The press notes claim Tavernier and team were aiming for something more youthful than the standard heritage costumer; sadly, unless today’s high schools really are rammed with solemn-faced kids spouting catchy pick-up lines like “Isn’t the world’s equilibrium kept in place by small stars which forget their place in the celestial hierarchy” (okay, I wrote that one down), I fear they may just have missed their mark.


Proving the generally reliable maxim that once you have Guy Lodge as a declared fan, your résumé will go swiftly and inexplicably pear-shaped, poor Leprince-Ringuet was the hapless star of back-to-back duds today, the second being this dreary, dated cyber-thriller from director Gilles Marchand and writer Dominik Moll – also talents with better days and films (notably the drum-tight, Moll-directed suspenser “Harry, He’s Here to Help”) behind them.

The new film covers strikingly similar narrative ground to Hideo Nakata’s recent Cannes howler “Chatroom” – not a comparison a filmmaker should welcome at any point, much less just two days later, though Marchand’s film at least benefits from a more able young cast and slicker visual gimmicks. For the spoiler-phobic, I’ll simply say that this film goes to similarly contrived lengths to put forth the audacious and not-at-all-dated proposition that The Internet Is Evil. Lock up your teenagers, though preferably not with their laptops.

Tomorrow: Better times, we can only hope, with the premiere of Alejandro González Iñárritu’s “Biutiful,” among others. No pressure, then.

→ 5 Comments Tags: , , , , , , , , , | Filed in: Reviews

5 responses so far

  • 1 5-16-2010 at 7:42 pm

    Sieben said...

    Unfortunate, but not unexpected. The Princess of Montpensier struck me as one of the dreariest-sounding prospects of the contest.

    A shame you missed A Screaming Man, though. I should have liked to hear what you thought of it, since its reception seems decidedly mixed (and also a bit unenthusiastic).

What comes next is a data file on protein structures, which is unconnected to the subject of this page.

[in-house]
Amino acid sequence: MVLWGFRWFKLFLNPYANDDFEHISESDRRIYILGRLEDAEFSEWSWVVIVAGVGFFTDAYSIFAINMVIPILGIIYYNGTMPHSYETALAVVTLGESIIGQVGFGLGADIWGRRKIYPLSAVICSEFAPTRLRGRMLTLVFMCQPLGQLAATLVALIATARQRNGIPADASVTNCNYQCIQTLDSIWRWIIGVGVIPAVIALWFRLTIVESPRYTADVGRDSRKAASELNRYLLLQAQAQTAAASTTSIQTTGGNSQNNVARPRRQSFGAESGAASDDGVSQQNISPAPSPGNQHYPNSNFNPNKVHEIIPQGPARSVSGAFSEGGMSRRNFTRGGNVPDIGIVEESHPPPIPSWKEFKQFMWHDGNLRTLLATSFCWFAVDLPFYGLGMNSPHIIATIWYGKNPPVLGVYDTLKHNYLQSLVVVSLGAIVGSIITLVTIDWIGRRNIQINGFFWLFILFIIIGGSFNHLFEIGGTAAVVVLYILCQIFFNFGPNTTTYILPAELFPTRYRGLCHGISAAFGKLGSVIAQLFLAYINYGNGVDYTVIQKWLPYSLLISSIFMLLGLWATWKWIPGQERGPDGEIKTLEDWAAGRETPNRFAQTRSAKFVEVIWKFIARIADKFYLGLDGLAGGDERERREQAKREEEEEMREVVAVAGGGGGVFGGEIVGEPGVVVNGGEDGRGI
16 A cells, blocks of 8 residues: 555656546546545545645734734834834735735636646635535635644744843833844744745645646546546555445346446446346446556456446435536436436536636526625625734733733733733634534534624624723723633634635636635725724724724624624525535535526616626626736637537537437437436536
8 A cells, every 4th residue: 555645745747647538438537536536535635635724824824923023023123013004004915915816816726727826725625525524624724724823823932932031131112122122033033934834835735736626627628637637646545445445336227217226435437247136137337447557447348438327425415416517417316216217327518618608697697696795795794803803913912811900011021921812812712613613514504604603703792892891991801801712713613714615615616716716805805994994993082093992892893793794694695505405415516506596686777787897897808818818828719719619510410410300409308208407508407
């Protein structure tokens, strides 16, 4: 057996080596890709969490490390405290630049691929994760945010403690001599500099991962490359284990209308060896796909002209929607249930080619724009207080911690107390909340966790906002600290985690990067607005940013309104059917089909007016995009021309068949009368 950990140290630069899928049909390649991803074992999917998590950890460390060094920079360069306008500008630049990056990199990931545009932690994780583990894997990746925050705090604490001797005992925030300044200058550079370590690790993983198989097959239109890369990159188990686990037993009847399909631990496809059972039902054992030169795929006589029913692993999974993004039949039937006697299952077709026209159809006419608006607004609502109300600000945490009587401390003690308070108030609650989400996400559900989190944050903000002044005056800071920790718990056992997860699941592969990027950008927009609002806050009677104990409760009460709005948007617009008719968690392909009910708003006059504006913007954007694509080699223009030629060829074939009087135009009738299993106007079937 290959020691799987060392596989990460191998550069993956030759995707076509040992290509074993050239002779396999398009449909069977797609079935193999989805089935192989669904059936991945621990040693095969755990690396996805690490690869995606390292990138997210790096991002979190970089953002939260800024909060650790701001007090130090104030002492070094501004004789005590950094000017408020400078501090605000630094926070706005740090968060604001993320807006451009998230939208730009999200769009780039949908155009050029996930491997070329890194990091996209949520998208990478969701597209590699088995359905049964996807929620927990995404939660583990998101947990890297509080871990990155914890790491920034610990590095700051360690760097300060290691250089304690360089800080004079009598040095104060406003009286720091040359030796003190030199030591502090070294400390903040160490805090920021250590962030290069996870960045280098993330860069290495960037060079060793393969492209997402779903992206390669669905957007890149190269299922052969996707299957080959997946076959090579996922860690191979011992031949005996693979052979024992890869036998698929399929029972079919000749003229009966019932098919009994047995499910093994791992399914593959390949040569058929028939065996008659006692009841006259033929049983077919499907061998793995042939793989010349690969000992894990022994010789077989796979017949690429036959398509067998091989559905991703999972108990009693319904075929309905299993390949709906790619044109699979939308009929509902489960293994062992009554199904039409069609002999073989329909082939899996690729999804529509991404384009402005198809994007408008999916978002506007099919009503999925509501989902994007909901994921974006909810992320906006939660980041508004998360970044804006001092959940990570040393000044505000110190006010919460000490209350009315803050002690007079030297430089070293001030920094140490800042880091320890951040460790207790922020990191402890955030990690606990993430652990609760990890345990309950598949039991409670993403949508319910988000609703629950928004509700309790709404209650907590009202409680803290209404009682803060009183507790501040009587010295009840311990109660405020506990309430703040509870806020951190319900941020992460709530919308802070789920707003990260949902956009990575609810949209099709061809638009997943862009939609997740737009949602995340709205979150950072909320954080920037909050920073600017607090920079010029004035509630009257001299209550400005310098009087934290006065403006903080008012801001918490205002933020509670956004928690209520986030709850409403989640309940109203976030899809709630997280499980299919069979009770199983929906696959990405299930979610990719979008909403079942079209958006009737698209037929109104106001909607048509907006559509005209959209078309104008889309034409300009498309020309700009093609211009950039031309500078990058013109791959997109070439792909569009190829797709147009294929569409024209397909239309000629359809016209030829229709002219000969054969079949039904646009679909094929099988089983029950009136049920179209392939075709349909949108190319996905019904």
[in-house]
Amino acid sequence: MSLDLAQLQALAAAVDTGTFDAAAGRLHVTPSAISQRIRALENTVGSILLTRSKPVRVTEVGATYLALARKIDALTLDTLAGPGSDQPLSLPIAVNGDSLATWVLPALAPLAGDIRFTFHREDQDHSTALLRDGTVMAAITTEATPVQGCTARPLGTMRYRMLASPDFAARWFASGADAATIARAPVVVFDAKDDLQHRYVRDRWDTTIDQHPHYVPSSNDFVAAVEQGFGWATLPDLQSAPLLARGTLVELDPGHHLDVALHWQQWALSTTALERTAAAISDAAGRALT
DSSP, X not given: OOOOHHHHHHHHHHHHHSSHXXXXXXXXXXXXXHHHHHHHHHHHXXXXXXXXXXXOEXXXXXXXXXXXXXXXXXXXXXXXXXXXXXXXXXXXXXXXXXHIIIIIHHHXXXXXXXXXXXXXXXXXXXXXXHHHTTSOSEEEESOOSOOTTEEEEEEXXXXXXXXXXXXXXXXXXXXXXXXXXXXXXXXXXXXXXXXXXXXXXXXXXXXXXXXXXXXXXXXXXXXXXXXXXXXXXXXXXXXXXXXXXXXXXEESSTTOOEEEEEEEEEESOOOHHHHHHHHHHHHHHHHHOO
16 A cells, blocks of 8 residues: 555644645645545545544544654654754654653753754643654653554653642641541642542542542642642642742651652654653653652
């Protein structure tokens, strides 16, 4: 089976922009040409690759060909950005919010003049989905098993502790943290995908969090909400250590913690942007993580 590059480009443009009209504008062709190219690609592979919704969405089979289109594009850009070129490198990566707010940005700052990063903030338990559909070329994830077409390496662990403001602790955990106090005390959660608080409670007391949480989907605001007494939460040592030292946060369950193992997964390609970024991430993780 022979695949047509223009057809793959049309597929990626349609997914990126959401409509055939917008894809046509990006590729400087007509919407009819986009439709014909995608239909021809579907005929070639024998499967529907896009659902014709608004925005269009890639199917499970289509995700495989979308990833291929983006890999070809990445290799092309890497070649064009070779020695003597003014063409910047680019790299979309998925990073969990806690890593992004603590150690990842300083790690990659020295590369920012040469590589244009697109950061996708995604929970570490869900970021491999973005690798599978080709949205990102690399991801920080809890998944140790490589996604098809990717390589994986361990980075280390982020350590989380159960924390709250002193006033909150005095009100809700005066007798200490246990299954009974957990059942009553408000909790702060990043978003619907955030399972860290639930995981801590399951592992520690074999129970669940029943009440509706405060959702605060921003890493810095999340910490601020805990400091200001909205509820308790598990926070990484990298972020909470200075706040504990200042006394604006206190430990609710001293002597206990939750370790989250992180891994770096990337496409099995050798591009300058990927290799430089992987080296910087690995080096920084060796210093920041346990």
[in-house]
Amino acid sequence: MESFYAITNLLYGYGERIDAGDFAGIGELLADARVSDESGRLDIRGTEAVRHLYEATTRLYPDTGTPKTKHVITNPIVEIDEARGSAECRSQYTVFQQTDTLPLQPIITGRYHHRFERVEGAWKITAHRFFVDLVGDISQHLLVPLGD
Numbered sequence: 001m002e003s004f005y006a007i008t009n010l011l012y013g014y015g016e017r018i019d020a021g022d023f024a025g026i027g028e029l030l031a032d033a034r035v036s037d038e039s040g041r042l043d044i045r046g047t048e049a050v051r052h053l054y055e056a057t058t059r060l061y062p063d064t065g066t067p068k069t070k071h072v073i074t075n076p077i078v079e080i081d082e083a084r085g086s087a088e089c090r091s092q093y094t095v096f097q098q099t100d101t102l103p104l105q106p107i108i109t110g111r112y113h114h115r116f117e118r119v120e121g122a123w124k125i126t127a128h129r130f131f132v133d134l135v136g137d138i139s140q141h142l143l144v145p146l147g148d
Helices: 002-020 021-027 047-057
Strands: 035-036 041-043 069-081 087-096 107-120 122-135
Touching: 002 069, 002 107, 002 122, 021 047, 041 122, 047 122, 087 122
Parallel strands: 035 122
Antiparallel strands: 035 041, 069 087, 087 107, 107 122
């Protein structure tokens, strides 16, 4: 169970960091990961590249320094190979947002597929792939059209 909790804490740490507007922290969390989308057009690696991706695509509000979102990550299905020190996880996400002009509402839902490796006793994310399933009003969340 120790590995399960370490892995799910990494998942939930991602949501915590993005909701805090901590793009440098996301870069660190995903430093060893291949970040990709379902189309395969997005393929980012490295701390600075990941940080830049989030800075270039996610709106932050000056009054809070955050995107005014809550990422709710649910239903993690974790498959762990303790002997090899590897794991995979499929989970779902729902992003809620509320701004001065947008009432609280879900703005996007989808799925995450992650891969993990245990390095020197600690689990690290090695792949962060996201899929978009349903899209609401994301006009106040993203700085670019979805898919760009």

I’m definitely looking forward to early impressions of Biutiful. It sounds like the In Competition title with the most crossover potential.

  • 2 5-16-2010 at 7:47 pm

    Filmoholic said...

    I don’t understand the critics who take notes. Writers should be able to gather their thoughts on the film after it’s over.

    How can you concentrate on the film’s narrative and visuals if you’re too busy jotting down quotes from the dialogue?

  • 3 5-16-2010 at 8:26 pm

    Speaking English said...

    Roger Ebert says “The Housemaid” is extraordinary and is a definite Palme d’Or possibility. So do the Talbots, apparently. What do you say?

  • 4 5-16-2010 at 10:14 pm

    Guy Lodge said...

    English: Alas, “The Housemaid” is one of the screenings I couldn’t get into, so I can’t tell you. That said, Ebert flipped for “In the Beginning” last year — his Palme predictions should be taken with as much salt as anyone else’s.

    Filmoholic: Multitasking and shorthand. Works for me, but everyone has their own style, and I wouldn’t presume to tell anyone what the “right” approach is. For me, when I attend multiple back-to-back screenings in a single day, I find a little bit of note-taking helps keep the films distinct — I’m not writing essays in the dark, mind.

  • 5 5-16-2010 at 11:27 pm

    Nel said...

    Gregoire Leprince-Ringuet or Gaspard Ulliel?
    Hmm simple, Gregoire Leprince – Ringuet – just saved myself 1hrs 39 but seriously Melanie Theirry is certainly a name to watch out for in French Cinema so don’t put her on your list Guy, ok? (o;